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An estimated 260,000 suspected hate crimes happen in the U.S. every year. More than 50 out of every 1 million black citizens was the victim of a racially motivated hate crime in 2012, the highest of any group, according to FBI data. Washington Post reporter Christopher Ingraham joins Hari Sreenivasan from Baltimore to put this week’s attack in perspective.
HARI SREENIVASAN, PBS NEWSHOUR WEEKEND ANCHOR:
Wednesday's massacre draws attention to the estimated 260,000 suspected hate crimes that happened in America every year, according to the Department of Justice's Bureau of Statistics.
Helping to put this week's attack into perspective is "Washington Post" reporter Christopher Ingraham, joining me from Baltimore.
So, according to the FBI, violent crime numbers have steadily been declining over the last two decades. But what about hate crimes?
CHRISTOPHER INGRAHAM, THE WASHINGTON POST:
Hate crimes are basically flat, and that's kind of an interesting — it's an interesting slice of data. Basically, there are numbers from both the FBI and the Bureau of Justice Statistics. They show that — the Bureau of Justice Statistics shows there are about 300,000 hate crimes each year. And that's been pretty steady going all the way back to 2004.
And one of the really interesting things is that this number has held steady, even as the number of active hate groups in the United States has decreased, according to the Southern Poverty Law Center. And one thing that a lot of people think is happening is it points to a rise so-called lone wolf actors, like potentially the situation in Charleston. And that's a concerning development for law enforcement officials.
So, are the targets still the same people, whether they're from hate groups or lone wolves?
Yes. So, you know, the numbers and the rates seem to be pretty steady. Among racial groups, African-Americans experience the most hate crime. They're the ones most likely to be targeted. They're basically — their like chances of being target forward a hate attack are roughly double any other group and it's more than 10 times that for white people.
So, among racial groups, blacks are definitely the most targeted. You also see a fair amount of attacks based on gender towards gay men, and also a fair amount of attacks based on religion, towards Jewish people primarily.
And what about the veracity of the numbers? Is there a possibility for undercounting? You said there are multiple agencies that track this.
Absolutely. So, the FBI's numbers, they provide the best breakdowns of individual racial and religious groups. But in terms of the actual numbers that they track, everyone agrees that those are pretty much a very serious undercount because the FBI only tracks crimes that are specifically categorized as a hate crime by them. And so, that means that they have to have specific concrete evidence of a racial bias.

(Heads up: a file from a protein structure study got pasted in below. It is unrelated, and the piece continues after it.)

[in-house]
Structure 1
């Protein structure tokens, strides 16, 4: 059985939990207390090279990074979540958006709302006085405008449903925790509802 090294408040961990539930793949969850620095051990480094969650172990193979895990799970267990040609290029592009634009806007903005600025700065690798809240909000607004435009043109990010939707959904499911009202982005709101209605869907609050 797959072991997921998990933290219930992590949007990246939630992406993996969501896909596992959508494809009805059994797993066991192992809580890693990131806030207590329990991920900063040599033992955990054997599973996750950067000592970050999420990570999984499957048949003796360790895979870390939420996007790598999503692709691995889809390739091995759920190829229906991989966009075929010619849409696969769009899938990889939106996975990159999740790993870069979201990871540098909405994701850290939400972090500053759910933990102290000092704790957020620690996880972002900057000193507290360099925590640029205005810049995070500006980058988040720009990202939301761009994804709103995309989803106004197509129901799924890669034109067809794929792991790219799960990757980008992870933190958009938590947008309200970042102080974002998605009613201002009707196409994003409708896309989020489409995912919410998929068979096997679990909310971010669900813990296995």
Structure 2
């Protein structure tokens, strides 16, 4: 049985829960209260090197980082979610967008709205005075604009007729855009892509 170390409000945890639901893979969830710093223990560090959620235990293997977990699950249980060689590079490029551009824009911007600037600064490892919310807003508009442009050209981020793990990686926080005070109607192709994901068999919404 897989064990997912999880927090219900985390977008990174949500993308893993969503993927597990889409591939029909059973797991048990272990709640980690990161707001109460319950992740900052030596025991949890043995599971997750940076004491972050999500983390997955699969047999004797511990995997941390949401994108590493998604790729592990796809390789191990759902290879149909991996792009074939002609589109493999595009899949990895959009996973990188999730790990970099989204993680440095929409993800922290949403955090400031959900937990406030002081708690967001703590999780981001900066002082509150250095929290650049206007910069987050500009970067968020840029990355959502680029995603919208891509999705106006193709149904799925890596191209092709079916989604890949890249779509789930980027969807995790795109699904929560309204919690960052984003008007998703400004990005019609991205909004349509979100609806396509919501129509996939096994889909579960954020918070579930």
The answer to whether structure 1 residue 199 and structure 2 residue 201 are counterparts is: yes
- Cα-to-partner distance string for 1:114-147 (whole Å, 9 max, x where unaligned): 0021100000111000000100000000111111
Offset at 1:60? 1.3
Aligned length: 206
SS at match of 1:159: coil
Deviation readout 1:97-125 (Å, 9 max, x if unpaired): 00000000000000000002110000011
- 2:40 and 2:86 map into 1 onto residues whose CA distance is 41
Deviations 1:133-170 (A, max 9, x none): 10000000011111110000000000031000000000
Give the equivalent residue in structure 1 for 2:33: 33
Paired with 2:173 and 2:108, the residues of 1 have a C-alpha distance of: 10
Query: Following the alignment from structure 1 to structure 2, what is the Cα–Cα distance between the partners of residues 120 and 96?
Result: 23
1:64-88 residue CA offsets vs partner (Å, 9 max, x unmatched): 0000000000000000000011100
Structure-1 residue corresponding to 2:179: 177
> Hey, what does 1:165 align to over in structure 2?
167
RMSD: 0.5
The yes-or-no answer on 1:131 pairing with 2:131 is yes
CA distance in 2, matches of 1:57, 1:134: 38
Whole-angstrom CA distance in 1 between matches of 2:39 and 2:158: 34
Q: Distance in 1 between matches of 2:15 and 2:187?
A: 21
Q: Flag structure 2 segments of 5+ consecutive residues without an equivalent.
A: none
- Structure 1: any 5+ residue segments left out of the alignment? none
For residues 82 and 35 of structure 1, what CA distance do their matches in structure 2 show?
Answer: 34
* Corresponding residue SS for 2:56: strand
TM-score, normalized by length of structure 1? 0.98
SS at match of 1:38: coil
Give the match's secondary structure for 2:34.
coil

Now, the interesting thing if you look at the Bureau of Justice Statistics numbers, they show about five times more racially biased attacks than the FBI does. And the way they do that is they just go out and they interview victims of all crimes and they ask the victims, "Do you feel you were targeted based on your race or your religion?"
And so, basically, what you get is the FBI numbers show about 6,000 hate crimes per year, while the Bureau of Justice Statistics numbers show close to 300,000 hate crimes a year, which is just a huge order of magnitude difference, and that difference is because they're interviewing people, they are asking them, "Do you feel like you were targeted because of your race or your identity or who you are?"
And then, what about all of the different jurisdictions? Are they all required to report every crime potentially a hate crime or not, to either the FBI or the other bureau?
Yes, so that's been a big problem with the FBI's numbers and you see this in a lot of things. You see this with police-involved shootings. You see this in all sorts of areas. The FBI's numbers — basically, local jurisdictions report them voluntarily, so they're not mandated to do so by any means, and that can be a real issue. And so, some states do a much better job of this than other ones do.
So, that's why if you're looking to get a really good count of the overall magnitude of these incidents around the U.S., it's good to rely on the Bureau of Justice Statistics, and they — their sample, it's a national probability sample of criminal — of crime victims. And so, they paint a more accurate picture of the overall magnitude.
The tradeoff there is they don't have quite as detailed breakdowns of who the victims are or of what the motivations are as the FBI does.
Christopher Ingraham of "The Washington Post" — thanks so much for joining us.
No problem. Thanks for having me.
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